Colin Powell gave an exclusive interview to David Gregory on NBC's Meet the Press. We're going to break down the highlights by topic. 

On his relationship with Republicans after endorsing Barack Obama for President: "I'm still a Republican," Powell said. 

On Hagel: Powell is a big fan. "He's had a very, very distinguished public service record that he can stand on," Powell said. Powell said he believes Hagel will be confirmed after he's given a chance to respond to questions at his hearing with the Senate. "I think he gets confirmed," Powell said. "I've read some of the responses that he's already put together, and I think he will make a very, very spirited defense of his position. And I think he'll be confirmed." Powell defended Hagel's support for the state of Israel. "There are people who are very supportive of the state of Israel," Powell said. "I'm very supportive of the state of Israel. So is Senator Hagel, and you'll see that in the confirmation hearings, but it doesn't mean you have to agree with every single position that the Israeli government takes." He also defended Hagel from accusations of anti-Semitism. "When they go over the edge and say because Chuck said 'Jewish lobby' he's anti-Semitic, that's disgraceful," Powell said. "We shouldn't have that kind of language in our dialog."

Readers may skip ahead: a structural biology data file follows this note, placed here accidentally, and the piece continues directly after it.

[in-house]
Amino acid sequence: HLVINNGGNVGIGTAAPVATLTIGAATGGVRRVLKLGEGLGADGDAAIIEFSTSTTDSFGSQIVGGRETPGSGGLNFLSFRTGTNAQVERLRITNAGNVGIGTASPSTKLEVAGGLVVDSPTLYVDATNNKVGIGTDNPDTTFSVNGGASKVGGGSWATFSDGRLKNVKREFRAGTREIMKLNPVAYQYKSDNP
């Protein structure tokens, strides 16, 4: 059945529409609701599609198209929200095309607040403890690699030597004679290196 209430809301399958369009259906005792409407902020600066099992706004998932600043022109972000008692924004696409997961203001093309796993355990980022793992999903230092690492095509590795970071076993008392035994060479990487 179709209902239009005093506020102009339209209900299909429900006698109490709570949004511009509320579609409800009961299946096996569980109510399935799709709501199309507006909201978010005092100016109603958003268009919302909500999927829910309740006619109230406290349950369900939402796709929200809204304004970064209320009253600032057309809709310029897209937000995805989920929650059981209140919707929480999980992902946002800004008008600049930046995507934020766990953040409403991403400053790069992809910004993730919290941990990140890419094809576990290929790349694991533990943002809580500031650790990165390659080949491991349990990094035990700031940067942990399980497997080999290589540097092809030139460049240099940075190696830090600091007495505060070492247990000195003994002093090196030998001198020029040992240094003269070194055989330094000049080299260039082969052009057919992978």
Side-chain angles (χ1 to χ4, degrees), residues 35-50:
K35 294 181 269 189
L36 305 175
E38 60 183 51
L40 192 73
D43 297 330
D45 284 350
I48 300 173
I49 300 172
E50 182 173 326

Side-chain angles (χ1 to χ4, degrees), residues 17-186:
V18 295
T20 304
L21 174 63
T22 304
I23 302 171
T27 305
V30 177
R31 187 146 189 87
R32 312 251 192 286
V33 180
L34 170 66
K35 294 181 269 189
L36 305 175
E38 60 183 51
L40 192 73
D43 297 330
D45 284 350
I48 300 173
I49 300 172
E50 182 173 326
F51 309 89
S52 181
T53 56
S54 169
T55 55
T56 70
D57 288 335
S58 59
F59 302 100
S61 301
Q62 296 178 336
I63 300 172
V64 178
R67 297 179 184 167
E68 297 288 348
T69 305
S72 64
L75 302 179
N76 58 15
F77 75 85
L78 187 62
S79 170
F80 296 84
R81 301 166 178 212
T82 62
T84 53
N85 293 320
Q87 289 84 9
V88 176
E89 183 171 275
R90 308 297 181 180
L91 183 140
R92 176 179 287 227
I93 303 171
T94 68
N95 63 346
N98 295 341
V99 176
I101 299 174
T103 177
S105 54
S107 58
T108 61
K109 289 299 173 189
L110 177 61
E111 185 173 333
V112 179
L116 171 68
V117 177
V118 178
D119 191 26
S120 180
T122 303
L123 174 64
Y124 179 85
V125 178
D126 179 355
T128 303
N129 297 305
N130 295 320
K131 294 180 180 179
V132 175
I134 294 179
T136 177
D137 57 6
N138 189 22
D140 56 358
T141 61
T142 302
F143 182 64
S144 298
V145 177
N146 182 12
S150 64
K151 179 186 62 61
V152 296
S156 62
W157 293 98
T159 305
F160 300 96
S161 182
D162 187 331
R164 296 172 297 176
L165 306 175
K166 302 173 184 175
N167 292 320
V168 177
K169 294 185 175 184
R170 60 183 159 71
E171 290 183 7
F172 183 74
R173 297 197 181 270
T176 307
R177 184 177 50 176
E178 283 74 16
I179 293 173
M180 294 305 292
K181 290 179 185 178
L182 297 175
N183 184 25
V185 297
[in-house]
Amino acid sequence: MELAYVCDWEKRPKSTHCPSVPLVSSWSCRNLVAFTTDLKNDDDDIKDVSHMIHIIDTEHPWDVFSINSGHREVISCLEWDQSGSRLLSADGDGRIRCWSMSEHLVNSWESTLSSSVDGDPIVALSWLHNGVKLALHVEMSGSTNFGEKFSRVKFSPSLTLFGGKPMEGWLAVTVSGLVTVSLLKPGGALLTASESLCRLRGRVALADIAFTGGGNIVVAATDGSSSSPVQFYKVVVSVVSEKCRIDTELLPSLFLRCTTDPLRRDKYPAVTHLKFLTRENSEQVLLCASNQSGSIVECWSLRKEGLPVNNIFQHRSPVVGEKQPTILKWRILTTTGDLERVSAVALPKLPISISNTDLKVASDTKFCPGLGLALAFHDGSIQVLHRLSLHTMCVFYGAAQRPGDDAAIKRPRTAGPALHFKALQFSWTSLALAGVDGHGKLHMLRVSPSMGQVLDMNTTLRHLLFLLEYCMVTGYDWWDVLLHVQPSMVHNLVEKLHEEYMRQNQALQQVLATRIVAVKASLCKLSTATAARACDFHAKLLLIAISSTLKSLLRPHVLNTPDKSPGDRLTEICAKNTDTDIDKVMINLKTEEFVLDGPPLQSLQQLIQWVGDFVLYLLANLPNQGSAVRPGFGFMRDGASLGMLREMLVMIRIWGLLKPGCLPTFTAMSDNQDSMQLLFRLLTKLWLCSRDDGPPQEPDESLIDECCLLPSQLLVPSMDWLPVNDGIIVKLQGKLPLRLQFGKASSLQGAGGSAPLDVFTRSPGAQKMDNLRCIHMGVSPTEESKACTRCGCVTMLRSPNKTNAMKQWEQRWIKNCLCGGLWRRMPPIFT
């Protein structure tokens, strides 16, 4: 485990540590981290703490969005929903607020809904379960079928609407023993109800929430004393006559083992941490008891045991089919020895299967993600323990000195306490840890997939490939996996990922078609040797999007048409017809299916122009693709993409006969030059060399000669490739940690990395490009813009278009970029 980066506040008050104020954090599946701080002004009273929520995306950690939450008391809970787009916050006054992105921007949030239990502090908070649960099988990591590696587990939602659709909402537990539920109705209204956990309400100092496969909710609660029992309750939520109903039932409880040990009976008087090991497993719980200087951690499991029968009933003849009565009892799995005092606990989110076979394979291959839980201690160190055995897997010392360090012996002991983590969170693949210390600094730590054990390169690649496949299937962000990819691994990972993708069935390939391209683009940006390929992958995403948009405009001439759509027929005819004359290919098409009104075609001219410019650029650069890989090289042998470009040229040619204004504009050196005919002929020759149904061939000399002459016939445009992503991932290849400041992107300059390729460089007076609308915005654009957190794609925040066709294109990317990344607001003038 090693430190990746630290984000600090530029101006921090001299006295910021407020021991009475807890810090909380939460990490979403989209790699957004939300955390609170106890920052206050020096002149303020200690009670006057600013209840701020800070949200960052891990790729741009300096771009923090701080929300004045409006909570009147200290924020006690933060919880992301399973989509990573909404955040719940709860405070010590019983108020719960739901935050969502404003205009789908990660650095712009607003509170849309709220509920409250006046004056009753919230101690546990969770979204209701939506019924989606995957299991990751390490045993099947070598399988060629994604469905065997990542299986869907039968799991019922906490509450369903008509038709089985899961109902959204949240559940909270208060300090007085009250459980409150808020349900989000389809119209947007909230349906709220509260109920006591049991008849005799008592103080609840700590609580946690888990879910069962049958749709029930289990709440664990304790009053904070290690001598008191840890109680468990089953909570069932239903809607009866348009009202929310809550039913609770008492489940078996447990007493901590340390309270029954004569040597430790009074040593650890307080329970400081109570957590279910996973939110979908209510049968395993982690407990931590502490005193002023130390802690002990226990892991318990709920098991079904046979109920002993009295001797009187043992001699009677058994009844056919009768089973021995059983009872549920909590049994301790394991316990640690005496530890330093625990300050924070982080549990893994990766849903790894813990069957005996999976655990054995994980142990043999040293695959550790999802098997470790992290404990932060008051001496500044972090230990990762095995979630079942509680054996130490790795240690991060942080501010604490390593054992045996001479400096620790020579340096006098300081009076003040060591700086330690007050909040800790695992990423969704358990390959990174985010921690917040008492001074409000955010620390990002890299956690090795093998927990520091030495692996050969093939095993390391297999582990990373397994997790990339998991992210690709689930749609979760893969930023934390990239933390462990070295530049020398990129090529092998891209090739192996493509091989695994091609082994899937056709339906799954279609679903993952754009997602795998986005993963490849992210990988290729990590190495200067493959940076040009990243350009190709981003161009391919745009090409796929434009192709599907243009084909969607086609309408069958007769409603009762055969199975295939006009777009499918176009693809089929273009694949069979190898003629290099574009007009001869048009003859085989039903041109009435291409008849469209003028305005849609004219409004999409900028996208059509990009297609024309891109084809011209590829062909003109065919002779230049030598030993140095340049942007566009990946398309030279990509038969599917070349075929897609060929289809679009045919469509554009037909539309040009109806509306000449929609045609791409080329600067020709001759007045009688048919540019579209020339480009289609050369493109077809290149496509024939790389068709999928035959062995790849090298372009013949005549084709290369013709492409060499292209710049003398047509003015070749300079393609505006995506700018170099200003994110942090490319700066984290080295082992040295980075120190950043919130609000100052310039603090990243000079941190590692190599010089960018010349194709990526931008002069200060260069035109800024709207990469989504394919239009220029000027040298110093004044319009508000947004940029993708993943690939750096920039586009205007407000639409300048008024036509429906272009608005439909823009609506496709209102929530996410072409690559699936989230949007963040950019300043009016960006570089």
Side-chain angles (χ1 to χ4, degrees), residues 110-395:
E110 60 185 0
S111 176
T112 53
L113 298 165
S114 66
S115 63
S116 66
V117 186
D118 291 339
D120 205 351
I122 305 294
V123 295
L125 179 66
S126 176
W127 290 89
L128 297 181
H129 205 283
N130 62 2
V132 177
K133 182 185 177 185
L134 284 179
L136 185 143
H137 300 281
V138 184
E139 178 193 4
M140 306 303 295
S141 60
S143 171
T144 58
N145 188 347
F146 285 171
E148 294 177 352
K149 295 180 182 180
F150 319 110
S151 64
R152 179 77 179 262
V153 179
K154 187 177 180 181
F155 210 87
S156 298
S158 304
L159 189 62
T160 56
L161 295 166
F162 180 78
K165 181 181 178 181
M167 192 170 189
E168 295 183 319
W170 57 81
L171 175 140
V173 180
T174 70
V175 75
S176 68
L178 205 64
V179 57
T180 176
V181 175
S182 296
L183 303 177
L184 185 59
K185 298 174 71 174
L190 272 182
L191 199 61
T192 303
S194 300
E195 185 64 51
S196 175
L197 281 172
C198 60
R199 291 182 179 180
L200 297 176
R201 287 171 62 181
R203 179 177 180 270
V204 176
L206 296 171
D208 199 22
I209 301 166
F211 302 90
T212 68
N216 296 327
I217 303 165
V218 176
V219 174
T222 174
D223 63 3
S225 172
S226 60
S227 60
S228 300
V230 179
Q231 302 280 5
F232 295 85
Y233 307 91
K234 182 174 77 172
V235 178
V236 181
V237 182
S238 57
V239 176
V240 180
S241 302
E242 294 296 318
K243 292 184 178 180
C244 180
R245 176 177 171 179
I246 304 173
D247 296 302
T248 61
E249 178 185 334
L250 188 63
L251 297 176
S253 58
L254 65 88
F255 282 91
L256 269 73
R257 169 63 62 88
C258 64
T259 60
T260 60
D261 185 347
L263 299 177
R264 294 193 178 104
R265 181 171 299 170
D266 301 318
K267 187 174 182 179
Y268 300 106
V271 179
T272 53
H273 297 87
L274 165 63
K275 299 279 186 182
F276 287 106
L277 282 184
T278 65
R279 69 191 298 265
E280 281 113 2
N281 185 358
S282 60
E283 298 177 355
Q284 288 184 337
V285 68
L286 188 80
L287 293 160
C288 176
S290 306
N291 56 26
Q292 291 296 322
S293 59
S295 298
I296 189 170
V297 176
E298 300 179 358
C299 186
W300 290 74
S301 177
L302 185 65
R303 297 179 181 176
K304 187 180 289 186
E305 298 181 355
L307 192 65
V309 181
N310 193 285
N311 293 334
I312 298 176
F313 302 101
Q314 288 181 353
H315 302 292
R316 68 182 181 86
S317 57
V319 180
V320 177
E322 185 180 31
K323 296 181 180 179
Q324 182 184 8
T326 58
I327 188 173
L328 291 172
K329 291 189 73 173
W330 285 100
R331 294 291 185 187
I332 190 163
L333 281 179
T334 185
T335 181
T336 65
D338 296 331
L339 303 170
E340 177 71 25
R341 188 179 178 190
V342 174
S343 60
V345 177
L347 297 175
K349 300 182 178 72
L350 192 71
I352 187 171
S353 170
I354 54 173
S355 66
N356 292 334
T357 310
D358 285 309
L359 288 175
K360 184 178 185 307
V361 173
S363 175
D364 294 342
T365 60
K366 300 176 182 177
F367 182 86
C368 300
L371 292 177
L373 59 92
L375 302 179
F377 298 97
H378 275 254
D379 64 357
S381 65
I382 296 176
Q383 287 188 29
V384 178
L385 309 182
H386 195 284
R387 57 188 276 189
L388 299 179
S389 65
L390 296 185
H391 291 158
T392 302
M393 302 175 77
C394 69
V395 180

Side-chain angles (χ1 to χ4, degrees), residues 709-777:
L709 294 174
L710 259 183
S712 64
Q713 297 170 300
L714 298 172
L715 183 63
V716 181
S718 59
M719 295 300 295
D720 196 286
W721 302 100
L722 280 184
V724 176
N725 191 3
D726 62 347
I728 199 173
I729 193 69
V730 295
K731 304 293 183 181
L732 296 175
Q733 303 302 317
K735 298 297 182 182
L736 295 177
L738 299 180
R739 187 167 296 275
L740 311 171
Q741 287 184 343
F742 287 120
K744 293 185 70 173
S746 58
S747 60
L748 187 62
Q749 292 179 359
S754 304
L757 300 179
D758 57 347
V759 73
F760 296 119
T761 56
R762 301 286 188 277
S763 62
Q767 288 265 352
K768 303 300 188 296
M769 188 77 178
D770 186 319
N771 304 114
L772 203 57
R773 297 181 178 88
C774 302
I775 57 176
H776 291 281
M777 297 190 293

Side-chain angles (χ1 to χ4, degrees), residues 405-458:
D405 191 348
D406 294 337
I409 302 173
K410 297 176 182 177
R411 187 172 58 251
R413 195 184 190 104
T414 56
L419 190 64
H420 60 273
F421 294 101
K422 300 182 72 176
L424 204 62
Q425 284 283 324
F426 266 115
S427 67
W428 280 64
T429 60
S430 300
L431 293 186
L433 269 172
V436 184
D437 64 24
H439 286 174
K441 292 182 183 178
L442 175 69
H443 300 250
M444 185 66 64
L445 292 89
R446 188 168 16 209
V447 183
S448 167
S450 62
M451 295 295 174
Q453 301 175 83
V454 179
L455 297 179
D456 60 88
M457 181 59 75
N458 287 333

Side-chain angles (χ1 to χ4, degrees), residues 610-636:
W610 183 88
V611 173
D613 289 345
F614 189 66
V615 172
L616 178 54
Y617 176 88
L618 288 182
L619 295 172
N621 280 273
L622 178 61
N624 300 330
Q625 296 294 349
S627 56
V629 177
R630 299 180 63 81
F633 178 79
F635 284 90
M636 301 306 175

On the rumor mill and the potential nominations of Susan Rice and Hagel: "I think it was not handled well," Powell said. "One of the problems, both with Ambassador Rice and with Chuck Hagel, these sort of signals come out that, "This is who we are thinking about."  And you're left out there to dangle for weeks.  Well, if this is who you're going to nominate, nominate them, and let's get on with the process."

On race and the GOP: It's bad. "There's also a dark vein of intolerance in some parts of the party," Powell said. "What do I mean by that?  What I mean by that is they still sort of look down on minorities." Powell pointed to Sarah Palin's controversial 'shuckin' and jivin'' remark, and Romney surrogate John Sununu saying the President was 'lazy' in the first debate. "He didn't say he was slow, he was tired, he didn't do well; he said he was 'lazy,'" Powell said "Now, it may not mean anything to most Americans, but to those of us who are African Americans, the second word is "shiftless," and then there's a third word that goes along with it." Powell also chided the Republican party for even allowing the birther movement to exist. "The whole birther movement: Why do senior Republican leaders tolerate this kind of discussion within the party?" Powell asked. "I think the party has to take a look at itself." Powell blamed a hard shift to the right for the party's recent down spell. "In recent years, there's been a significant shift to the right, and we have seen what that shift has produced: two losing presidential campaigns," Powell said. "I think what the Republican Party needs to do now is take a very hard look at itself and understand that the country has changed.  The country is changing demographically.  And if the Republican Party does not change along with that demographic, they're going to be in trouble." But he did have idea about what they could do in the future to change their fortunes, namely education, immigration and climate change policy. "Everybody wants to talk about, 'Who's going to be the candidate?'" Powell said. "You've got to think first about what's the party actually going to represent?  If it's just going to represent the far right wing of the political spectrum, I think the party is in difficulty.  I'm a moderate, but I'm still a Republican."